A tale of OOMs and thumbnails: the concrete

Richard Newman rnewman at mozilla.com
Mon Nov 4 13:35:16 PST 2013


I spent much of last week chasing down the root cause of a couple of bugs: 

https://bugzilla.mozilla.org/show_bug.cgi?id=931843
https://bugzilla.mozilla.org/show_bug.cgi?id=932054

This email is split into "concrete" and "abstract" parts. I figured I'd share 'cos sharing is good.


Both bugs are OOMs handling bitmaps. Both occur on releases before and after our recent favicon work.

Those signatures seemed rather obviously a partial red herring: unless we were doing something stupid like decoding an 8MB bitmap, we wouldn't run out of heap in one call. So an OOM usually means we have a memory leak somewhere else, even if it is probably image-related.

I started investigating in the usual way: set up a decent-sized profile (using Sync), replicate the issues (open a bunch of tabs, do some browsing, open about:home and leave it, open the tabs tray and leave it), and then took a memory dump.

Of note: I couldn't replicate the issue with an empty profile. Sometimes it pays to be thorough!

To investigate memory, I used Eclipse/DDMS/Monitor (whichever floats your boat) to take a memory snapshot:



(The red arrow cylinder thing.)

In Eclipse with MAT installed (http://www.eclipse.org/mat/downloads.php) this automatically opens the memory profiler.

The leak report was pretty handy:



Hey look! a 2MB bitmap!

And so was the object list:



16 load tasks… and each one holding a reference to a listener?


I did some poking around in the code, adding log statements, and discovered why the bitmap was so large, and why we had so many load tasks outstanding. That led to three patches: holding on to fewer references, fixing a simple Java coercion bug, and changing the way we capture thumbnails.


REFERENCES:

Each load task was an inner class. They weren't static, and typically they didn't even need to be multiple instances.

Furthermore, in the case of a tab's favicon load, that listener -- which sticks around until it runs -- was holding on to the tab, and when it ran it poked at the tab's inner state. That held references, for one thing, but it also didn't make any sense -- why is some arbitrary favicon code tightly coupled to the implementation of Tab?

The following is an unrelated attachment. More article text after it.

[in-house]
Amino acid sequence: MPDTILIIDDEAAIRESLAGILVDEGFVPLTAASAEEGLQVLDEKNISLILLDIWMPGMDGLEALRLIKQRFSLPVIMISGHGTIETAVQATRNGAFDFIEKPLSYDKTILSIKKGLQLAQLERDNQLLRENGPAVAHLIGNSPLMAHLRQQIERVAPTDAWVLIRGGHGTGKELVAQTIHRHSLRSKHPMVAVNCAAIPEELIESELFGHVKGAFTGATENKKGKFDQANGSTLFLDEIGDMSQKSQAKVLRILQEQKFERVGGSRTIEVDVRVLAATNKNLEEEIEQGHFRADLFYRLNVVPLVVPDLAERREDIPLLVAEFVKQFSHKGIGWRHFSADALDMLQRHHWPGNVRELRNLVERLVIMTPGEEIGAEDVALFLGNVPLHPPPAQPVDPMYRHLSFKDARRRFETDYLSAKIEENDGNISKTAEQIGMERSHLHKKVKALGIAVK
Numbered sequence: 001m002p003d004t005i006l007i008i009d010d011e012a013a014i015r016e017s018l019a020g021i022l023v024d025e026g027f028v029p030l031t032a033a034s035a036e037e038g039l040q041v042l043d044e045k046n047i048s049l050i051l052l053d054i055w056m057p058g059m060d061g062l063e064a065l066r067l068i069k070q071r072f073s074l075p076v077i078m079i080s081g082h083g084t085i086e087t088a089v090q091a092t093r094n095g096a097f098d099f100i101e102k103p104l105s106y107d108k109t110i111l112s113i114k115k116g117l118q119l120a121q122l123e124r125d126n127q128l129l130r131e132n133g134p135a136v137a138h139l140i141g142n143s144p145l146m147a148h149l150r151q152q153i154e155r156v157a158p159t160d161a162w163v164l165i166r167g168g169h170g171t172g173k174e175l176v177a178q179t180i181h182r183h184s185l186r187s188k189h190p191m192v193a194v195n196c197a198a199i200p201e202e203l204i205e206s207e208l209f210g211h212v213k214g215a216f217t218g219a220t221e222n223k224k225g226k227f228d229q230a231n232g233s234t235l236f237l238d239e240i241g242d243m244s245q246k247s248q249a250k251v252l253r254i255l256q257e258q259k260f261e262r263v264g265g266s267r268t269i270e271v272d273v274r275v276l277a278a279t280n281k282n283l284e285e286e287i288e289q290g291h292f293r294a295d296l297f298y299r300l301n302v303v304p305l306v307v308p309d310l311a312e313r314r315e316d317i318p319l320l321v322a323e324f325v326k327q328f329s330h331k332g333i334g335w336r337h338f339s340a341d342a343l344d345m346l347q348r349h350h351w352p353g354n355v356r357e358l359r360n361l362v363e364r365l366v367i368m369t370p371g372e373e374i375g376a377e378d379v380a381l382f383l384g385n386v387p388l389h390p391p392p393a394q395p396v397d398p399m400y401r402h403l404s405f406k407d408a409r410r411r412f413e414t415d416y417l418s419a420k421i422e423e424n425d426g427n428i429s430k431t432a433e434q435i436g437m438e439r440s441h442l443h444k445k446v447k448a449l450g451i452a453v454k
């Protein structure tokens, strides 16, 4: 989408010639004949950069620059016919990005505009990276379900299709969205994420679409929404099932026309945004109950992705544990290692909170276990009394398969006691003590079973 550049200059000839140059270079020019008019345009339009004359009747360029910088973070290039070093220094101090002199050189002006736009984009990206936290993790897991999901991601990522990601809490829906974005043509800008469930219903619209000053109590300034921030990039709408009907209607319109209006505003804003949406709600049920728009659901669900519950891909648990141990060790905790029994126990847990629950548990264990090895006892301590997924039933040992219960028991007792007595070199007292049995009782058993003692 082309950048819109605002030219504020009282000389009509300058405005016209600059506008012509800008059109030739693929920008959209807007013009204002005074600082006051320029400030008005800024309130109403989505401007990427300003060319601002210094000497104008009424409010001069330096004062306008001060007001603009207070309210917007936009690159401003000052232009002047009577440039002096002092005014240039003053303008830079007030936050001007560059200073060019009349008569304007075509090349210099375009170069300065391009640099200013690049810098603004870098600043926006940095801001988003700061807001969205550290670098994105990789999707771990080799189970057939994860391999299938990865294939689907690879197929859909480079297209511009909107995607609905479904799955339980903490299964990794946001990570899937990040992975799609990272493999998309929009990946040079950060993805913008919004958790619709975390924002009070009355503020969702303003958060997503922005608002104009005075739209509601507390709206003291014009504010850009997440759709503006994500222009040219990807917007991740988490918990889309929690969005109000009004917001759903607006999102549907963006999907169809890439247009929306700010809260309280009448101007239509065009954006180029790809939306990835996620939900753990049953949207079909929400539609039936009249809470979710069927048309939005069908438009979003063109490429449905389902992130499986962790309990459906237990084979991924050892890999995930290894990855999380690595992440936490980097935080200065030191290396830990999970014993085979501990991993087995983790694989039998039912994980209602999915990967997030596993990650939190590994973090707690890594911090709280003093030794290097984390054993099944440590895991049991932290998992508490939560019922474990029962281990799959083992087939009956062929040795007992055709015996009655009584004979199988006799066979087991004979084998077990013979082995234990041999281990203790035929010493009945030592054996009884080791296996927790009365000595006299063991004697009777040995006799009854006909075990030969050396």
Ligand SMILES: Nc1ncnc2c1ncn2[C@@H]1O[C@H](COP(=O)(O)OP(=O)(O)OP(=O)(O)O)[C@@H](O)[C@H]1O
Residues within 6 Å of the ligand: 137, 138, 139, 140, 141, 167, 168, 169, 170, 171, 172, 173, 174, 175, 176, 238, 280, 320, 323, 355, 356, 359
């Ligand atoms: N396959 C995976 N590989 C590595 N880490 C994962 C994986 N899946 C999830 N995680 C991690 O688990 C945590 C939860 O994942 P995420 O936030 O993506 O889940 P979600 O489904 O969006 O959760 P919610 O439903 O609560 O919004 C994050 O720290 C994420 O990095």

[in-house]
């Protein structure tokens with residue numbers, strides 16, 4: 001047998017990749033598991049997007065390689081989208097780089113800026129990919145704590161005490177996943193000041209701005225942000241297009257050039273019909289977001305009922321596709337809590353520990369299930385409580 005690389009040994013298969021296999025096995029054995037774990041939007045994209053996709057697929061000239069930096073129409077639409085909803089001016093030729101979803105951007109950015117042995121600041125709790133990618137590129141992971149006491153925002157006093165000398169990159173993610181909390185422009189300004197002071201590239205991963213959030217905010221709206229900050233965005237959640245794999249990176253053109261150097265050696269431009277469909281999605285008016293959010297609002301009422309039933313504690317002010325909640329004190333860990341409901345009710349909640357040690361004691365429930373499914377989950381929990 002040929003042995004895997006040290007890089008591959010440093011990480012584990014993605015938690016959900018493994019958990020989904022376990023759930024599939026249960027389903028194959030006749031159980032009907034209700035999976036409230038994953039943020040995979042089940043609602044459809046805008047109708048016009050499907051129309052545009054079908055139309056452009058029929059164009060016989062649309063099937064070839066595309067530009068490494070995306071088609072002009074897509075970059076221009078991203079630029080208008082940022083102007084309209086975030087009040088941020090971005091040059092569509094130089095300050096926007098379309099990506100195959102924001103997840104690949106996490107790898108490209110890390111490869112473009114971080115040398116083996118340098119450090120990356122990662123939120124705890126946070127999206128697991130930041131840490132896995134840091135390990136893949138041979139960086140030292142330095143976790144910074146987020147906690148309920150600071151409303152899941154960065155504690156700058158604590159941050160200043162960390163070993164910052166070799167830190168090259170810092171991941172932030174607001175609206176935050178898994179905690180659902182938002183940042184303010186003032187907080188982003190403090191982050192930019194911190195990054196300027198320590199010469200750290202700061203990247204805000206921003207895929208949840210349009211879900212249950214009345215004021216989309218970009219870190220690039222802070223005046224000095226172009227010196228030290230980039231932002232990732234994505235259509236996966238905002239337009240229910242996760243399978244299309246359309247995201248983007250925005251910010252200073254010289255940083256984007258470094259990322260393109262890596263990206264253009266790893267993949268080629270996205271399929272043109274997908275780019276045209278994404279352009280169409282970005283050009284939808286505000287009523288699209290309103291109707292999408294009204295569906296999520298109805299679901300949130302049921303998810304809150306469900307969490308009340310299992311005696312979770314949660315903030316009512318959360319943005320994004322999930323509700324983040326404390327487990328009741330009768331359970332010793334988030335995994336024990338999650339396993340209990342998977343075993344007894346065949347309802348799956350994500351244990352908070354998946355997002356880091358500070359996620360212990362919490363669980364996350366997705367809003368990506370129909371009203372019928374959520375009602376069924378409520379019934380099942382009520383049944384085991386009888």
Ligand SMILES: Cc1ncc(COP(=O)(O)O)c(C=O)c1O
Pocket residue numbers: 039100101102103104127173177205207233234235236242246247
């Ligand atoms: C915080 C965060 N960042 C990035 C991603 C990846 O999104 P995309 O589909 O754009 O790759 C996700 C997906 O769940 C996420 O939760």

That change was here: 

https://hg.mozilla.org/integration/fx-team/rev/67b72c48f247#l1.59

and here:

https://hg.mozilla.org/integration/fx-team/rev/67b72c48f247#l4.64

It turns out that the event itself has all the information it needs to find the affected tab. We can even update the favicon for more than one tab at a time! By inverting the ownership of this work from the OnFaviconLoadedListener to Tabs itself, I _completely eliminated_ all external references. No more leak.

Strictly speaking these references weren't important: after all, we shouldn't have any outstanding load tasks. Except when we're scrolling, and when a favicon fetch is slow, and when we have a bug. Defense in depth!

Look at the rest of the patch for more fun. The other parts on the bug fix similar issues: we were holding on to the thumbnail Bitmap just to use it as a pseudo-boolean ("did I set a thumbnail?"), for example.



LOAD TASKS AND COERCION:

If you have a generic map like this:

  HashMap<Integer, Foo> mMap …

and you access it with ints, the ints are coerced to Integers, they hash to the correct value, and all works fine.

If you access it with longs, remember that Java does type erasure; that map is

  HashMap<Object, Object> mMap …

The long is coerced to a Long, not to an int and then an Integer. While a Long and an Integer with the 'same' value have the same .hashCode, they are not .equals, and so the map lookup will fail. The patch was simply:

-    public static void removeLoadTask(long taskId) {
+    public static void removeLoadTask(int taskId) {
         sLoadTasks.remove(taskId);
     }

Terrifying, isn't it?

I found that by adding a log statement to removeLoadTask. It was being called, but the total didn't shrink. Lightbulb moment.




THUMBNAILS:

We did the following.

* How big is a column in about:home? Recompute this every time we re-measure.
* Take that number (which is strictly bigger than the thumbnail view, due to padding) and inflate it to the next biggest power of 2. A 519-pixel column (xhdpi) jumps to 1024.
* Make sure it's even… which all powers of two would be, no? This was a holdover from a still-extant bug in thumbnail capture on non-24-bit screens.
* Take any new screenshots with that width. Dump it into the DB.
* Ask Android to display that bitmap whenever it needs to, which will hold on to a reference (for the view, 'cos the view resizes on rotate).

The fix was to (a) calculate the non-padded view size, (b) take a screenshot of that size, making it of even width for non-24-bit devices.

Memory usage for 6 thumbnails dropped by TEN MEGABYTES on my HTC One. Those also live in the DB, so the win applies there, too.

In retrospect this was an easy win. It took a fair amount of work to verify exactly what was happening, and to validate each step of the changes.


More discussion of this in the next message…

-R
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